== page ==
7) If you wake up in the middle of the night (which is normal ) but you can’t fall back asleep, consider doing an NSDR protocol when you wake up. Enter “NSDR” into YouTube and the top 3-4 options have different voices, durations for you to select from. Or simply do a “Yoga Nidra” protocol (enter “yoga nidra” to YouTube; 100s to select.)

8) Huberman also suggests consider taking (30-60 min before bed) which I don’t do:

145mg Magnesium Threonate or 200mg Magnesium Bisglycinate

50mg Apigenin (Swanson is the only source I know of; we have no affiliation to Swanson)

100-400mg Theanine

(3-4 nights per week I also take 2g of Glycine and 100mg GABA.)

*I would start with one supplement (or none!) and then add one at a time as needed. Some people do not need any supplements, and some people like theanine but not magnesium, etc. so you have to determine what is best for you.

**Don’t take theanine if you have overly intense dreams, sleep-walk, or have night terrors.

***Also, some people (~5%), get an agitated stomach from magnesium supplementation, in which case, do not take it.

****I use supplements from Thorne for all of the above, except the Apigenin, as they don’t make it. Also, they do not manufacture Magnesium Threonate either. Magnesium Bisglycinate is a good replacement for Threonate. You can get 20% off all Thorne supplements at https://www.thorne.com/u/huberman or you can pick another source you like and trust. Thorne does not ship outside the USA.

9) Expect to feel really alert ~1 hour before your natural bedtime. This is a naturally occurring spike in wakefulness that sleep researchers have observed. 

Don’t freak out if it happens. It will pass!

10) Keep the room you sleep in cool and dark and layer on blankets that you can remove.

Your body needs to drop in temperature by 1-3 degrees to fall and stay asleep effectively. Body temperature increases are one reason you wake up. Thus, keep your room cool and remove blankets as needed. If it’s too hot you would have to use a cooling device and that’s harder than simply tossing off blankets if you get too warm.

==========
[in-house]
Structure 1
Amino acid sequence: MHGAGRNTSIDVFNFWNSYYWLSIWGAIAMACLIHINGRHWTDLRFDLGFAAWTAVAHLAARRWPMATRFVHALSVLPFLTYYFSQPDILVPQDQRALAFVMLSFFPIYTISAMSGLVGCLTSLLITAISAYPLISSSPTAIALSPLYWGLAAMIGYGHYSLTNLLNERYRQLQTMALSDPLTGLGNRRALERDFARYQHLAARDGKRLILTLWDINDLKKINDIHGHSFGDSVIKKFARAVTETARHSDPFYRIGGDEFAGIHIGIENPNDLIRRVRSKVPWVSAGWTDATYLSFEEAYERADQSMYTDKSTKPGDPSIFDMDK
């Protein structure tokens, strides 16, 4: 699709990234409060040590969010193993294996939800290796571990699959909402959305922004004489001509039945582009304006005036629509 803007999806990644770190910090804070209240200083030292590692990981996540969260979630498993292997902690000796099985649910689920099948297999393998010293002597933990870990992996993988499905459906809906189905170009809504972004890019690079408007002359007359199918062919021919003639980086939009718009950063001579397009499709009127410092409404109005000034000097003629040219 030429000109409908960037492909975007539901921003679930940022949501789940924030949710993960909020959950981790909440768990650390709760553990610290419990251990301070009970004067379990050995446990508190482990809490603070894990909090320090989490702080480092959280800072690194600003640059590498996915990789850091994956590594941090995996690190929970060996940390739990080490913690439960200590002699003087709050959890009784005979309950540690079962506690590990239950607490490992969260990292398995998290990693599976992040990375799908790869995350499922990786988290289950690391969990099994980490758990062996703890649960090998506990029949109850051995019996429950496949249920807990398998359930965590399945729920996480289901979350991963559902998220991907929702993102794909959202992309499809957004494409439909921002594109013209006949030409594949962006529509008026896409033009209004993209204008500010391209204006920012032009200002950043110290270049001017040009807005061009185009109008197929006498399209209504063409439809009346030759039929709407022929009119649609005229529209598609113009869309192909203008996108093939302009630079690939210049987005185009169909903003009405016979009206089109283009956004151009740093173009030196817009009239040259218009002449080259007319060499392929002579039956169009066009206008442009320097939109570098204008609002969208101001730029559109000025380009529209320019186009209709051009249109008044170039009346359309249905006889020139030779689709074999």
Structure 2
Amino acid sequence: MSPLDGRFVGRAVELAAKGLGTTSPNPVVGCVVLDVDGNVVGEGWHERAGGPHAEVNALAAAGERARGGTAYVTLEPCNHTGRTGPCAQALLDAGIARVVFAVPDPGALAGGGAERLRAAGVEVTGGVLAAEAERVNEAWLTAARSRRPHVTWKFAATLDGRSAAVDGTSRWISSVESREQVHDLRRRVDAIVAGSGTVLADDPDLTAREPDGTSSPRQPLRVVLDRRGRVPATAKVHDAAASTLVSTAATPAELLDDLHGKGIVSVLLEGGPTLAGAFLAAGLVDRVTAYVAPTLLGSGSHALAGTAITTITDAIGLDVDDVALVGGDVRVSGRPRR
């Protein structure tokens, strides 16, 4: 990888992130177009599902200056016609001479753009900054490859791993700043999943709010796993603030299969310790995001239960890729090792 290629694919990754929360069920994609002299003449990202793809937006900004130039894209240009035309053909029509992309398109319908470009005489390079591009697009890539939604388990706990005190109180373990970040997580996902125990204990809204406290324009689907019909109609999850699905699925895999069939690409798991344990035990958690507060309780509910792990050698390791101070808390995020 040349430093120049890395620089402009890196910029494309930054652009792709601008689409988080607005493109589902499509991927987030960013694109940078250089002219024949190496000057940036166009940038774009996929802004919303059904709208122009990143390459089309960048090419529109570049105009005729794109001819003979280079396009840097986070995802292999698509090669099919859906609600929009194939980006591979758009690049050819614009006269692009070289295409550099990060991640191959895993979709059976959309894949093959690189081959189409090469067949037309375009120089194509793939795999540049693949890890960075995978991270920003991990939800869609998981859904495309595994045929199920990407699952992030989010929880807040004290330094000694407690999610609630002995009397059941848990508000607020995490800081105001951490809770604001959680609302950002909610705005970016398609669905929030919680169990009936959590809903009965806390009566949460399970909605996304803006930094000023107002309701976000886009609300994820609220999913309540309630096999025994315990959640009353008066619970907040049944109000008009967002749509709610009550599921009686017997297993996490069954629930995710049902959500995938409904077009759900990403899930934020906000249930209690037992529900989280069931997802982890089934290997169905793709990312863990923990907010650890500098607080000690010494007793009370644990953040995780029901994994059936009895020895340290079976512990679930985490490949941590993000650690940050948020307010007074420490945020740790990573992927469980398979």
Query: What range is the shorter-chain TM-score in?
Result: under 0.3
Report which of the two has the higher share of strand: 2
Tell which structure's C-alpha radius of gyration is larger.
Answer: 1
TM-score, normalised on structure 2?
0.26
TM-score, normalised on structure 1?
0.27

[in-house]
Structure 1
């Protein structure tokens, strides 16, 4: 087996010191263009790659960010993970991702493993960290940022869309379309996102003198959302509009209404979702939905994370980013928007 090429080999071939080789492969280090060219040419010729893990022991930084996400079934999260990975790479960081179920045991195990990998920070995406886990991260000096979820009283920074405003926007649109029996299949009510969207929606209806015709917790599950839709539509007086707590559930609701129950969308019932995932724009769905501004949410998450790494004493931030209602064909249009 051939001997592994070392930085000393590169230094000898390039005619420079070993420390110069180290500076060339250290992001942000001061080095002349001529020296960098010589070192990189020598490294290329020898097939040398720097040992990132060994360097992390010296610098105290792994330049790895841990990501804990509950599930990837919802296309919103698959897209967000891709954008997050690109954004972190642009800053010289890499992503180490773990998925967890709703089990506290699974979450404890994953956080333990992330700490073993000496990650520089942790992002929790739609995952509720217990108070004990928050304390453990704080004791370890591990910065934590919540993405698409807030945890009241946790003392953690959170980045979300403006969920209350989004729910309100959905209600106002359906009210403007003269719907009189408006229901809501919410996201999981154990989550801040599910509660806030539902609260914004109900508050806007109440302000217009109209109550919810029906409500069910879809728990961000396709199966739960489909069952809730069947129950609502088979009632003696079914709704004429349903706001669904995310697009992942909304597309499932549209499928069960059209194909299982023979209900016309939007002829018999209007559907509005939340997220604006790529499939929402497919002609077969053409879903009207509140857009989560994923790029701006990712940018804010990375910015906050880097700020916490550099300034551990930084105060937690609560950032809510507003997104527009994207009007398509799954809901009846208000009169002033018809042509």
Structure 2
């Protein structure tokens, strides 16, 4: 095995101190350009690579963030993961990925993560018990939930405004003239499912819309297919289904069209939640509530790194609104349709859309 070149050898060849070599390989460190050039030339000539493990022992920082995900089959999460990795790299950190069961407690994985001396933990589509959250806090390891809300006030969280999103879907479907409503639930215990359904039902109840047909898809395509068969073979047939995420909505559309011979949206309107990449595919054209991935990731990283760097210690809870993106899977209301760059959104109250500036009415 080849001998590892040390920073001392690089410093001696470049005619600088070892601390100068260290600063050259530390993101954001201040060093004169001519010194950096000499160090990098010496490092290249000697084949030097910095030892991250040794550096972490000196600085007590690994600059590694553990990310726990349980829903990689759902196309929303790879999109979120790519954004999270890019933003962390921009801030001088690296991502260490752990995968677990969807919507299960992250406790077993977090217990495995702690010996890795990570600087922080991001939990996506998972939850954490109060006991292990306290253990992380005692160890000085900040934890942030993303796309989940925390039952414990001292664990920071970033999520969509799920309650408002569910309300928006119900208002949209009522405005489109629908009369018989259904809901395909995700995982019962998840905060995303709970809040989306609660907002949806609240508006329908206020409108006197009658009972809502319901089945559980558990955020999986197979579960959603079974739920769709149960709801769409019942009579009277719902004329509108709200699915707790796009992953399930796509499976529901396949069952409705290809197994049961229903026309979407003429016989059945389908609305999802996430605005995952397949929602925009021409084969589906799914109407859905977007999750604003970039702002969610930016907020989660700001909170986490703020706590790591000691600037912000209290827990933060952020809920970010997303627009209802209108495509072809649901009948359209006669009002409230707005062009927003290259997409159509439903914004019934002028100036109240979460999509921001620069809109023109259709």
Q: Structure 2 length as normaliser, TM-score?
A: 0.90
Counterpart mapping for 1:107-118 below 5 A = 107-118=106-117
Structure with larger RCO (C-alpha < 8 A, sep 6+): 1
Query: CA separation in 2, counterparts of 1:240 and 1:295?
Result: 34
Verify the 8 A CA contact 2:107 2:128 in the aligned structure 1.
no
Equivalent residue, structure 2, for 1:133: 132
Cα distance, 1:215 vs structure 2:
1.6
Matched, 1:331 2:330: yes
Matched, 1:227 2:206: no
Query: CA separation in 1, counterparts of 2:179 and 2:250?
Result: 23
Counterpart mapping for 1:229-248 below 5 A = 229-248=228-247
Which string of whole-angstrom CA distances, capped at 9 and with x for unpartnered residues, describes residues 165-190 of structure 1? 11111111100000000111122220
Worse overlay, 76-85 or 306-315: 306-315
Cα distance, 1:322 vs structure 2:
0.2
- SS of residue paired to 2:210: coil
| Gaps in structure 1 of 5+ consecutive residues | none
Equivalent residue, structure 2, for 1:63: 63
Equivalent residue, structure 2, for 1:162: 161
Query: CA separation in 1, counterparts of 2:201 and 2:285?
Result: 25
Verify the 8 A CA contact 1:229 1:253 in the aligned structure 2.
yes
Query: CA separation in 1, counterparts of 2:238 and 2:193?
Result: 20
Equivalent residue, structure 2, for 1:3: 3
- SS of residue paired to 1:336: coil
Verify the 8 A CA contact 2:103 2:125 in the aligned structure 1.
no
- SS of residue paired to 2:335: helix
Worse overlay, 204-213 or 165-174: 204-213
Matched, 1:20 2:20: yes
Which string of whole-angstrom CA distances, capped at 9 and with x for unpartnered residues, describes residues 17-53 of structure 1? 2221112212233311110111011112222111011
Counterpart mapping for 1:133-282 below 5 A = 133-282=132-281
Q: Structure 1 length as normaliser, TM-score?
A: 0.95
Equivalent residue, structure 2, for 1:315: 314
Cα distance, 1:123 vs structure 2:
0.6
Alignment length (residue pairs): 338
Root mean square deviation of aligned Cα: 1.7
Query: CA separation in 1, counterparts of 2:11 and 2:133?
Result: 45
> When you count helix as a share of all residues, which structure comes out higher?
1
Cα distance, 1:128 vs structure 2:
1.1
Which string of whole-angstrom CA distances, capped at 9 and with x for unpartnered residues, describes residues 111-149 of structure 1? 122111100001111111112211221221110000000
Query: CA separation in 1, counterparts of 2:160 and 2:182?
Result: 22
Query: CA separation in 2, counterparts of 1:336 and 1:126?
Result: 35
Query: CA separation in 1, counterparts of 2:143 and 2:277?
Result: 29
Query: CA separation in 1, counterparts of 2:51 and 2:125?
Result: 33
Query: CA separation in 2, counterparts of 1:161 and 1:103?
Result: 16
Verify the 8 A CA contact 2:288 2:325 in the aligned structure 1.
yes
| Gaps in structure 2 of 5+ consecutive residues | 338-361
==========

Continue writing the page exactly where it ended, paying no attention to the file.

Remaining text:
11) Drinking alcohol messes up your sleep. As do most sleep medications.

We might be night owls at 15 but become “morning people” as we age or need 6 hours a night in summer and 7-8 in winter. It will vary.

12) The light from Watching TV and looking at the phone just before sleeping easily messes up you sleep. Also, the content you consume may wind up the mind. Consider an electronic-free diet a couple of hours before bedtime and turn off wifi and mobile data at night.

For many people not eating within a couple of hours before bedtime helps. For me it is more about eating easily digestible foods for dinner and avoid salads at night.

Sweet Dreams tonight xxx

BTW, if your sleep quality is influenced by the moon cycle, the next full-moon is a potent one, so don’t worry. Astrologers say it’s a good day to set your intentions. I will certainly make sure not to fall into the trap to focus on what doesn’t work for me and instead focus on what I want, practice some focused dreaming, as I call it (visualization) and keep my spirits high. The June full Moon, the Full Strawberry Moon, will occur on Tuesday, June 14, 2022.

http://thewalkingguru.org

#bettersleep #sleepcoach #changehabits #improvesleep #sleepquality #mentalpower #howtorelax #relaxationremedies #parasympaticus #relaxationhabits #relaxation